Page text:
Professor John Tellam BSc, MSc, PhD, FGS

Professor John Tellam

School of Geography, Earth and Environmental Sciences
Professor of Hydrogeology

Contact details

School of Geography, Earth and Environmental Sciences
University of Birmingham
B15 2TT

John Tellam’s main research interests are in inorganic, surface-interacting, solute and particle transport in groundwaters, with a particular emphasis on sandstone aquifers.


  • BSc in Geological Sciences, University of Southampton
  • MSc in Hydrogeology, University of Birmingham
  • PhD in Groundwater Chemistry, University of Birmingham


1978-1980 Research Associate, Birmingham University.
1980-1995 Lecturer in Hydrogeology, University of Birmingham.
1995-1997 Senior Lecturer in Hydrogeology, University of Birmingham.
1997-2002 Reader in Hydrogeology, University of Birmingham.
2002- Professor of Hydrogeology, University of Birmingham.
2002-2005 Director, Earth Sciences


BSc taught modules, year 3 &4: Pollution Hydrogeology; Engineering Geology; Natural Hazards (part)
MSc Hydrogeology Course taught modules: Hydraulic Properties (part); Inorganic Chemistry and Groundwater; Hydrogeophysics; Water Resources Studies (part)
MSc Hydrogeology Course tutor; senior MSc Course tutor and Research Ethics Coordinator for GEES; Fieldwork Safety Coordinator for Earth Sciences.

Postgraduate supervision

John Tellam has been a supervisor of nearly 50 PhD students in a wide range of groundwater subjects, and is always keen to consider new applications.

Current students are:

  • T Batty: Metal sorption on sandstone
  • F Sam: Impact of open pit mining on groundwater flow
  • N Roslan: Urban hydrogeology
  • A Saadat: Urban hydrogeology
  • L McMillan: Sampling from long screened wells
  • B Anderson: Nanoparticle interactions in groundwaters
  • M Jaweesh: Geochemical property / lithofacies correlations in sandstones


Current research interests focus on the quantification of surface reacting solute transport in groundwaters and the quantification of inorganic nanoparticle movement in groundwaters. This work involves laboratory and field experimentation, and modelling. Within the Water Sciences group, there are extensive facilities for this type of research, including an on-campus research borehole array.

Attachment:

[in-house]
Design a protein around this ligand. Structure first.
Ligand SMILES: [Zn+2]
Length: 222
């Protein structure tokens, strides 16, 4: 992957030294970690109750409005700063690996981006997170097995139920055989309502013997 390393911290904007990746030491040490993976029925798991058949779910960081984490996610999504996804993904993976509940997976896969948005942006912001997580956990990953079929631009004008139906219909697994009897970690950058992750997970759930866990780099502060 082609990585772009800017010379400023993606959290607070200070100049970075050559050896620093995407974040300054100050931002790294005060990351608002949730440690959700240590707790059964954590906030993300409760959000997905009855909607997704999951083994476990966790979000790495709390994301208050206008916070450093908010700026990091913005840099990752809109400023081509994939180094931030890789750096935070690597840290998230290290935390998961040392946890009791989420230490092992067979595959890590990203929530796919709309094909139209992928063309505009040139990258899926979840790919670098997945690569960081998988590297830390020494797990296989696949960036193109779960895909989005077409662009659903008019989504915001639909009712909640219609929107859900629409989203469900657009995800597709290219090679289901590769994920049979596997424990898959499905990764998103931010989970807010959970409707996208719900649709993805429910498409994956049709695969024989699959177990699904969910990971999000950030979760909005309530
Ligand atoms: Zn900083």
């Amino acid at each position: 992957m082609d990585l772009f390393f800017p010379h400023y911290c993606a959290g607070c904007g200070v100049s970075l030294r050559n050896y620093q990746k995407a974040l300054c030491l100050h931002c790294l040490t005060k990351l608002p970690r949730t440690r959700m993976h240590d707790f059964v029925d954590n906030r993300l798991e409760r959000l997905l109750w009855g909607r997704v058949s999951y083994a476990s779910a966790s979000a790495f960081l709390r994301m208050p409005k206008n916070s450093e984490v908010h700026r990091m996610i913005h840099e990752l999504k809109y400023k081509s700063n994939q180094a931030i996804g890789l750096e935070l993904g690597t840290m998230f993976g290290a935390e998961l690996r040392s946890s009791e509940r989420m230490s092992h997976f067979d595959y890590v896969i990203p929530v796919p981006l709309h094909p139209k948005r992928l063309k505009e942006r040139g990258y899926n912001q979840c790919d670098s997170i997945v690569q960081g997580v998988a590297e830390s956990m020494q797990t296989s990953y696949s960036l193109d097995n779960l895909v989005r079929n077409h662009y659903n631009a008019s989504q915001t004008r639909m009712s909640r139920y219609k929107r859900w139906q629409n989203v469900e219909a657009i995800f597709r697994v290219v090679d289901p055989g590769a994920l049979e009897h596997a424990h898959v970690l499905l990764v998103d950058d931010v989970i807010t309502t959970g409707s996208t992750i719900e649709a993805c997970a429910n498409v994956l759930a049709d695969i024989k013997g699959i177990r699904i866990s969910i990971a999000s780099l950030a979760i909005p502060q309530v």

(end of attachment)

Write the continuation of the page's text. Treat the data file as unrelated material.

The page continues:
Most recent research projects have centred on: virus movement in groundwaters (NERC, European Union, and Environment Agency funding); nanoparticle movement in groundwaters (NERC); and applications of biogeochemistry in nuclear waste disposal (EPSRC). PhD and PDRA research has recently included work on: characterizing surface properties of rocks; examining particle/virus interactions; quantifying correlations between hydraulic properties, geochemical properties, and lithofacies; quantifying ion exchange reactions; and developing new methods for borehole logging interpretations.

Other activities

Member of the Council of the Geological Society of London, and member of the Society’s Science and Election Committees.
Member of the EPSRC review college.
Member of the Steering Committee, UK Groundwater Forum.
External examiner to the MSc Course in Environmental Hydrogeology at Cardiff University.
Guest lecturer on the MSc Course in Hydrogeology and Environmental Geoscience, Göttingen University, Germany.


Some recent publications:

R. A. White, M. O. Rivett, and J. H. Tellam, 2008. Paleo-roothole facilitated transport of aromatic hydrocarbons through a Holocene clay bed. Environmental Science and Technology, 42(19):7118-7124.

C. Gaebel, J.R. Lead, J.C. Renshaw, and J.H. Tellam, 2009. Preliminary indications from atomic force microscopy of the presence of rapidly-formed nanoscale films on aquifer material surfaces. Journal of Contaminant Hydrology, 108, 46–53.

R. B. Greswell, M.S. Riley, P. Alves, and J.H. Tellam, 2009. A heat perturbation flow meter for application in soft sediments. Journal of Hydrology, 370, 73-82.

J.H.Tellam and D.N.Lerner, 2009. Management tools for the river-aquifer interface. Hydrological Processes, 23, 2267-2274.

R. B. Greswell, S. H. Rahman, M. O. Cuthbert & J. H. Tellam. 2010. An inexpensive flow-through laser nephelometer for the detection of colloids and manufactured nanoparticles. Journal of Hydrology, 388, 112-120.

M. O. Cuthbert, R. Mackay, J. H. Tellam and K. E. Thatcher. 2010. Combining unsaturated and saturated hydraulic observations to understand and estimate groundwater recharge through glacial till. Journal of Hydrology, 391, 263–276.

B. V. Furlong, M. S. Riley, A. W. Herbert, J. A. Ingram, R. Mackay, & J. H. Tellam. 2011. Using regional groundwater flow models for prediction of regional wellwater quality distributions. J. Hydrology, 398, 1-16.

K. Bashar, and J. H. Tellam. 2011. Sandstones of apparently unusually high diffusibility. J Contaminant Hydrology, 122, 40–52.

M. S. Riley, J. H. Tellam, R. B. Greswell, V. Durand, & M. F. Aller. 2011. Convergent tracer tests in multilayered aquifers: the importance of vertical flow. Water Resources Research, doi:10.1029/2010WR009838.

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